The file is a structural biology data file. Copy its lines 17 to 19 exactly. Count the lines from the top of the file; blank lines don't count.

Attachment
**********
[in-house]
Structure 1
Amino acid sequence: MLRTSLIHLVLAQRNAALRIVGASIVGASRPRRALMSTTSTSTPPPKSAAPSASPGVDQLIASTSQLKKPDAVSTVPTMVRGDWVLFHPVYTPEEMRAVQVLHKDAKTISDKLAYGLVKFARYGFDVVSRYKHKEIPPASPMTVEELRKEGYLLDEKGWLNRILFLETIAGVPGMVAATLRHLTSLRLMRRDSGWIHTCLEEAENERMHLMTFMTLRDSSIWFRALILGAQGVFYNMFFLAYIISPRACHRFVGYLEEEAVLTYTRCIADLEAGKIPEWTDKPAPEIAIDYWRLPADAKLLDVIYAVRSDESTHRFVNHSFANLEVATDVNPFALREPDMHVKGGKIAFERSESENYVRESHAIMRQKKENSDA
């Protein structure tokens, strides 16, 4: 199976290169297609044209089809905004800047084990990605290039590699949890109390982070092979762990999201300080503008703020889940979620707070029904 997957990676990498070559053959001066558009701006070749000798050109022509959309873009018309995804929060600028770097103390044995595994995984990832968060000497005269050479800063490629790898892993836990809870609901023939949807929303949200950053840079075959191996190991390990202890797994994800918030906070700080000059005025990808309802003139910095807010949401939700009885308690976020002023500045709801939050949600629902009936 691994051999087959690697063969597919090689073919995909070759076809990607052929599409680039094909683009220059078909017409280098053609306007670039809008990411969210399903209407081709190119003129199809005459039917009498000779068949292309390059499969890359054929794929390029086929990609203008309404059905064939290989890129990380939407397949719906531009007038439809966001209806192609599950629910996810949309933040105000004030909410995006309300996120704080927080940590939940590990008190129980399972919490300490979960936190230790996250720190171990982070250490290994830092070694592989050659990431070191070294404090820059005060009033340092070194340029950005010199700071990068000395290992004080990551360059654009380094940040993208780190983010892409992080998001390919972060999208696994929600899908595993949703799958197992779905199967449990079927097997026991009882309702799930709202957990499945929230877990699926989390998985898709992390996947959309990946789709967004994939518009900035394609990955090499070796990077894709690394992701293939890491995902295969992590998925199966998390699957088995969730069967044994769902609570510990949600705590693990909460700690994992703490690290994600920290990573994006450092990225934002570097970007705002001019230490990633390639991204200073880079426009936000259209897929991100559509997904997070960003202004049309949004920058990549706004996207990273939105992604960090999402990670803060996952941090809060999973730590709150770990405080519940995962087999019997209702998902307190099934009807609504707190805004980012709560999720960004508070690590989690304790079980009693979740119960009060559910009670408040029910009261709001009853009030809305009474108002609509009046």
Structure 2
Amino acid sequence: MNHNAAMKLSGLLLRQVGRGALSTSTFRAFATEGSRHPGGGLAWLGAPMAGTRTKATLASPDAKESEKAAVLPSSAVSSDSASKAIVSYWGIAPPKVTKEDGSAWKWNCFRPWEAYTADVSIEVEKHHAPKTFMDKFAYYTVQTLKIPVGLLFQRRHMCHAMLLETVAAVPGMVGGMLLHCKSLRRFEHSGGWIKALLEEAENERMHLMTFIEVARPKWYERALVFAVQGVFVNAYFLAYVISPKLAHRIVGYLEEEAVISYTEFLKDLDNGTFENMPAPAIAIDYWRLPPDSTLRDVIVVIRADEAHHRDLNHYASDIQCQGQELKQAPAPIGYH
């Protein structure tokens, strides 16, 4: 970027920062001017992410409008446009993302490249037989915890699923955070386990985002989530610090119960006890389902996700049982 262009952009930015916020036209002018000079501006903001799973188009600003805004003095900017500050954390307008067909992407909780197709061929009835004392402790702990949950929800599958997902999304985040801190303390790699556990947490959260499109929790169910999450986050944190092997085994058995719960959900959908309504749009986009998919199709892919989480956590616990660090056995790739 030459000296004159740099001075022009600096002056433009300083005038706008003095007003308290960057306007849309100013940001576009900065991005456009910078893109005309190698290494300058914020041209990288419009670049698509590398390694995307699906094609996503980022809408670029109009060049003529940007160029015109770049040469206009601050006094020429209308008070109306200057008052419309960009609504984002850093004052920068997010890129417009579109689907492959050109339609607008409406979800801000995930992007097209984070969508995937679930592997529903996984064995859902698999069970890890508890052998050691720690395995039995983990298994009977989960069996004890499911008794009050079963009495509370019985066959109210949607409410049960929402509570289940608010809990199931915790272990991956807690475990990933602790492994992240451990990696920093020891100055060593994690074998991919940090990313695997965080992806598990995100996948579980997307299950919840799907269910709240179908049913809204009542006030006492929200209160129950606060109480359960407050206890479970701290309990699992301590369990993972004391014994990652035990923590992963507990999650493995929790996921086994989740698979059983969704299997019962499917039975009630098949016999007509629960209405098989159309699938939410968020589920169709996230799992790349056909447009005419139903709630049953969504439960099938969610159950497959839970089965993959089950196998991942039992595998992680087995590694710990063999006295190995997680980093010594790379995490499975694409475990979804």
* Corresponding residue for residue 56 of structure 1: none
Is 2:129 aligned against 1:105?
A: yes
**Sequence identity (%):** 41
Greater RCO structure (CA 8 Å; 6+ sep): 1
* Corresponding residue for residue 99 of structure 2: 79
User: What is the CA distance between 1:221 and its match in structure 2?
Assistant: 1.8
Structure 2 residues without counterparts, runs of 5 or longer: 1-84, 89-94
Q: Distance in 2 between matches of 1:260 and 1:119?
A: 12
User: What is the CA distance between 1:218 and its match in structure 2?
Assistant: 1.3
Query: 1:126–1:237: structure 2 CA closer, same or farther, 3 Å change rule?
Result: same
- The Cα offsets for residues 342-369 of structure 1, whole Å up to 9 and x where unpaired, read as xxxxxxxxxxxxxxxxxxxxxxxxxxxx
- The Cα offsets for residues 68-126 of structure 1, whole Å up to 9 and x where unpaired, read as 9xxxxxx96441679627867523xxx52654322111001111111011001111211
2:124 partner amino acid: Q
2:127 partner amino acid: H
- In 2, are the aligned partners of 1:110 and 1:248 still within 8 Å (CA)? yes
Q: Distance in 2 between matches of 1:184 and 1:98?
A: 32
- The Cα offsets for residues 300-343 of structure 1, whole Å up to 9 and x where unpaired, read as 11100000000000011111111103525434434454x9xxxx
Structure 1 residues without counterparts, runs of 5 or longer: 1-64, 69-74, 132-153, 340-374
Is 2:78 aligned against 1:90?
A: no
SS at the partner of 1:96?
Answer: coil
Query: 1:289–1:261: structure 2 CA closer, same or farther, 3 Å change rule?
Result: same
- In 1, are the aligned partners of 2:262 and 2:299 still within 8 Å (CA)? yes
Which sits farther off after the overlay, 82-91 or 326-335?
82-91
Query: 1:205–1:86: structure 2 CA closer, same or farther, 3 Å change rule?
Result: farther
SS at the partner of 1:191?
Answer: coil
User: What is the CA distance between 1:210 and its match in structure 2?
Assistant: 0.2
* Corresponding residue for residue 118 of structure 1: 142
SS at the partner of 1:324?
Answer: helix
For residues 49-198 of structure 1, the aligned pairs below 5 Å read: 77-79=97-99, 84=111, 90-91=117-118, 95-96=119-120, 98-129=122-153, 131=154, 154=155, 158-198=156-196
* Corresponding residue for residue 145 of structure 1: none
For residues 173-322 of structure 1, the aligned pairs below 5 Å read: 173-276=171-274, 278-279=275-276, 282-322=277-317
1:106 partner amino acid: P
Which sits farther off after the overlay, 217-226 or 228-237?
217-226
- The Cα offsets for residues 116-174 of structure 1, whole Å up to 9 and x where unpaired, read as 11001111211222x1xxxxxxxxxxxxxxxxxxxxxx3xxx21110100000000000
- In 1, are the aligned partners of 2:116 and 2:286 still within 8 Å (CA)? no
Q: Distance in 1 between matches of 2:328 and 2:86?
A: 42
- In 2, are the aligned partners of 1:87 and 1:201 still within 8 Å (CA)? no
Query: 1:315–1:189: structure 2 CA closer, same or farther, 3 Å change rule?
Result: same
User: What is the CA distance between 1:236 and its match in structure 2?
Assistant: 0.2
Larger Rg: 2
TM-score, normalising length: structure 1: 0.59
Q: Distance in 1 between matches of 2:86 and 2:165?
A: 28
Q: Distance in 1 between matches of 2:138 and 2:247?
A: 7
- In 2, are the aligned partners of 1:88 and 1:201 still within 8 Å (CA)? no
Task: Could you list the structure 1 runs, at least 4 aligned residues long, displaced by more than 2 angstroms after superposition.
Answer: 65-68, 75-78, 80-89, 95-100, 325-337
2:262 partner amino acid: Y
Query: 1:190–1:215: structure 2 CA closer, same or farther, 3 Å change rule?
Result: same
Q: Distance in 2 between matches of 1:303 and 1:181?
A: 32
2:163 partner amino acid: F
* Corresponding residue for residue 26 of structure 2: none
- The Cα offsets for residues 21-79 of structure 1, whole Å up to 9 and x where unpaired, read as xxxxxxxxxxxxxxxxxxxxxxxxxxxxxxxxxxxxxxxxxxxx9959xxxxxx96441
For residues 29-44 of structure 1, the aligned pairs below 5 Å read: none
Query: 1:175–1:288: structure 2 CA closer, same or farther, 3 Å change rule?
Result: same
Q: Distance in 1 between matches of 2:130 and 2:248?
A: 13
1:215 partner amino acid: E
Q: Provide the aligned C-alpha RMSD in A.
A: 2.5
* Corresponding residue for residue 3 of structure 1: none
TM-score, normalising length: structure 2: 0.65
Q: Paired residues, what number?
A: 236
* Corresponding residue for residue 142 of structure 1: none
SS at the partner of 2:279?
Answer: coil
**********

Q: Distance in 2 between matches of 1:260 and 1:119?
A: 12
User: What is the CA distance between 1:218 and its match in structure 2?